2014 – The Wine Year In Review
Once upon a time… Cyprus wine was a joke. The “leading” white wines, made in factories in Limassol, were largely stale, flat and well on the way to oxidisation. The reds, mostly made from Mavro, were dull and lifeless. The reason, of course, was that grapes were grown as a cash crop by village people who only made wine in Pithari, but who sold most of their grapes to wineries 40 kilometres away. The crop often languished in panniers and other containers for days by the roadside awaiting transport.
In the 1970s just one white wine stood out from the rest, “Ayios Andronicos”, from Chrysorroyiatissa monastery. At the end of a visit then, I took several bottles back to England. One evening we were invited to a small Cypriot restaurant in south London, which had no alcohol licence, so I took along some Ayios Andronicos. On tasting it, the chef-proprietor refused to believe it was from Cyprus. Mostly Xynisteri, it demonstrated, all those years ago, that our indigenous white grape could make good white wine, and was one of the factors that made me its strong advocate when I took up residence in 1991 and started writing about wine and food.
This story shows how far our wine has come in a few decades. I was reminded of it when I read vintage reports for 2014 sent to me by some of our best winemakers. What they demonstrate is that growing vines and making wine is not something you do is you want consistent income and profitability. It is a tough business and Cyprus winemakers are a wonderful, dedicated group of people, who deserve our support.
Which means, buy our own wines, because they are good!
towards better and better quality. We have invested heavily in new vineyards and are not shy to admit our mistakes, correct them and move forward”.
Of the 2014 harvest Costas reports: “The quality was good but not super. There was hail in Omodos and Vasa, which destroyed the Cabernet we were getting from there, so we had to rely only on grapes from Pelendri and Agros. Our vineyards at the winery surprised us with a good and plentiful quantity of Sauvignon, so this year’s production has a great percentage of our own grapes”.
“The 2014 Yiannoudi is our best this year. We do not know the grape very well yet but it seems to be very promising. Our 2014 production is 35,000 bottles of Xynisteri, 28,000 Rosé, 10,000 Cabernet Sauvignon, 5,000 Merlot, 35,000 Porfyros, 4,000 Vamvakada (Maratheftiko), 1000 Yiannoudi, 20,000 Sauvignon Blanc, 10,000 Chardonnay, 3,000 Commandaria and 3000 Zivania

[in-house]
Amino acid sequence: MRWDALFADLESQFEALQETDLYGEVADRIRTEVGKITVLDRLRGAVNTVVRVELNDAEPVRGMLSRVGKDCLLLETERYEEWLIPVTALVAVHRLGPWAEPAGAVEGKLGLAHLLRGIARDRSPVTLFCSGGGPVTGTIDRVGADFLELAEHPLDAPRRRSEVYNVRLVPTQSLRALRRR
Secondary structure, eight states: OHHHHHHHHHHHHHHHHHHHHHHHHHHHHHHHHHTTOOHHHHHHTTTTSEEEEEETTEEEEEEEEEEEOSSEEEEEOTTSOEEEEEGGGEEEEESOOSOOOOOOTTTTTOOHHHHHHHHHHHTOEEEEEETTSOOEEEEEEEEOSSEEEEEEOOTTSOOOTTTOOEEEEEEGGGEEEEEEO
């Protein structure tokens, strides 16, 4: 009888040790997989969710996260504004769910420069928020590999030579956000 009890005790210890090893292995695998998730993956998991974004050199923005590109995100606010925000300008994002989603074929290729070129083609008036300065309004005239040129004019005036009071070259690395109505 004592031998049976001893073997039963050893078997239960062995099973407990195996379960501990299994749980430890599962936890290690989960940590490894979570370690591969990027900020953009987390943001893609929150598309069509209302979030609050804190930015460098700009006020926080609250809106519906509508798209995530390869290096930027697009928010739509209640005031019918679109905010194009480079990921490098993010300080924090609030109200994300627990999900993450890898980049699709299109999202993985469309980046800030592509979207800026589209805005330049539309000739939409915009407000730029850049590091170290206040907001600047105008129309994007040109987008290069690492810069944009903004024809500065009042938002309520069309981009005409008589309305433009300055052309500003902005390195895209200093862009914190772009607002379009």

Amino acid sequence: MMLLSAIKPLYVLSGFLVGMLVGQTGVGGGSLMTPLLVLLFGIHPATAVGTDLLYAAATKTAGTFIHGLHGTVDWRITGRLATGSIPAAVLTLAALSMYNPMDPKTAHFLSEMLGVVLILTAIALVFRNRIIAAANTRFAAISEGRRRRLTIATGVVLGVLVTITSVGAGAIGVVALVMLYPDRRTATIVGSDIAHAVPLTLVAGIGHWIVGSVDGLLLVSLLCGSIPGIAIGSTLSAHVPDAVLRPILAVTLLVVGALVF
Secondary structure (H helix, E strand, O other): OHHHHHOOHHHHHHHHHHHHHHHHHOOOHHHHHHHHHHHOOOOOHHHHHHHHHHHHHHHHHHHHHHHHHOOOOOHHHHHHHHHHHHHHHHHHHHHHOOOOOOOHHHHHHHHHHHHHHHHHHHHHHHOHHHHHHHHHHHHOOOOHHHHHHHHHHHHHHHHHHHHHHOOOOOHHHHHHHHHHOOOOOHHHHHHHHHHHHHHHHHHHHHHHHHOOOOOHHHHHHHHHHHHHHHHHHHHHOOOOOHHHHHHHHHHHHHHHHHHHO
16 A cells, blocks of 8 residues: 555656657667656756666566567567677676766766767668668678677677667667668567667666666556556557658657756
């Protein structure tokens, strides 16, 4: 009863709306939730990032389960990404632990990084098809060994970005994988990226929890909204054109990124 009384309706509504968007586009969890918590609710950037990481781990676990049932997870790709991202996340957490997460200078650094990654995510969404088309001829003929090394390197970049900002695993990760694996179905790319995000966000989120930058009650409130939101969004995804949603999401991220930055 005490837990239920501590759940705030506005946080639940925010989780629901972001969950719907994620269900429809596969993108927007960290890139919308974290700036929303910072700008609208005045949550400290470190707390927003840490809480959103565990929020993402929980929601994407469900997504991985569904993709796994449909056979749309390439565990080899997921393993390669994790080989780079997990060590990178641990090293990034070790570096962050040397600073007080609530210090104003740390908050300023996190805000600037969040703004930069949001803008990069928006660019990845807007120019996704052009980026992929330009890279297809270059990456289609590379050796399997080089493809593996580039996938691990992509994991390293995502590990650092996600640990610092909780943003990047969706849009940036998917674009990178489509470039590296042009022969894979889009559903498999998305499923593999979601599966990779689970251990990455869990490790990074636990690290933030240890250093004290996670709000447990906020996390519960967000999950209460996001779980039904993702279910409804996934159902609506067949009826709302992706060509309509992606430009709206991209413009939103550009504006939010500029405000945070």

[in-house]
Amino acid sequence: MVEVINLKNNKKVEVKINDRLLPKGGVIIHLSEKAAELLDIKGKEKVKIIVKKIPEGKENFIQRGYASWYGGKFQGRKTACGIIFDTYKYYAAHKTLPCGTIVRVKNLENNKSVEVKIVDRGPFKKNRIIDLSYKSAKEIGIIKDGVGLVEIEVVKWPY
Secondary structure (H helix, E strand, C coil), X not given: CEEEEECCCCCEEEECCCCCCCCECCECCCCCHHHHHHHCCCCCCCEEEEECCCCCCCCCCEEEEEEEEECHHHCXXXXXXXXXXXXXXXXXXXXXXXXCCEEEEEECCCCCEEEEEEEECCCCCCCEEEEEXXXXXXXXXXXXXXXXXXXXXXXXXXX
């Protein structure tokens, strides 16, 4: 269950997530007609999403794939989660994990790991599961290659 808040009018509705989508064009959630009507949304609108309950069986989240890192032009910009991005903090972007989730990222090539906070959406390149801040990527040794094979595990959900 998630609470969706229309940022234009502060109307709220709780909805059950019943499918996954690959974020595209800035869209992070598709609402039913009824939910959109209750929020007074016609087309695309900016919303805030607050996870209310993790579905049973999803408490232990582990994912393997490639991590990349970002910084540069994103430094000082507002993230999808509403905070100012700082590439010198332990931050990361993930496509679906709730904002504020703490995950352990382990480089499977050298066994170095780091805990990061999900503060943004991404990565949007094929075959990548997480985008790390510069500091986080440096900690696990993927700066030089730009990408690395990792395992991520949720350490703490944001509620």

“We will be in the market with this year’s Xynisteri, Sauvignon Blanc, Chardonnay and Rodinos by December 2014. We are now selling 2012 Cabernet, 2012 Merlot, 2012 Vamvakada and 2013 Porfyros. This year we hired a viticulturist just for the summer months, which we will repeat next year. It really helped us and allowed us to pay more attention to detail”.
Like most of our wineries, pursues its own individualistic path, as an up-market rather boutique-style winery. In a shorter time than many of its competitors it has established a reputation for classy, quality, mid to high price wines. Until the untimely passing of Akis Zambartas on Monday, news of which only reached me as I sent in this article, this has always been a father-son set-up, with former KEO M.D. Akis starting things rolling, whilst son Marcos completed his oenology degree and hands-on learning in varied vineyards and wineries around the world.
Marcos, who has been full-time for several years, now assumes sole leadership of this essentially family enterprise. Zambartas’ seven wines have established a niche in the market at leading hotels and restaurants, as well as selected retail outlets. Marcos tells me that in addition to the “regular” seven of their wines, this year they are making a small quantity of “single vineyard” Xynisteri from a plot they own in Mandria. Now is one I must taste!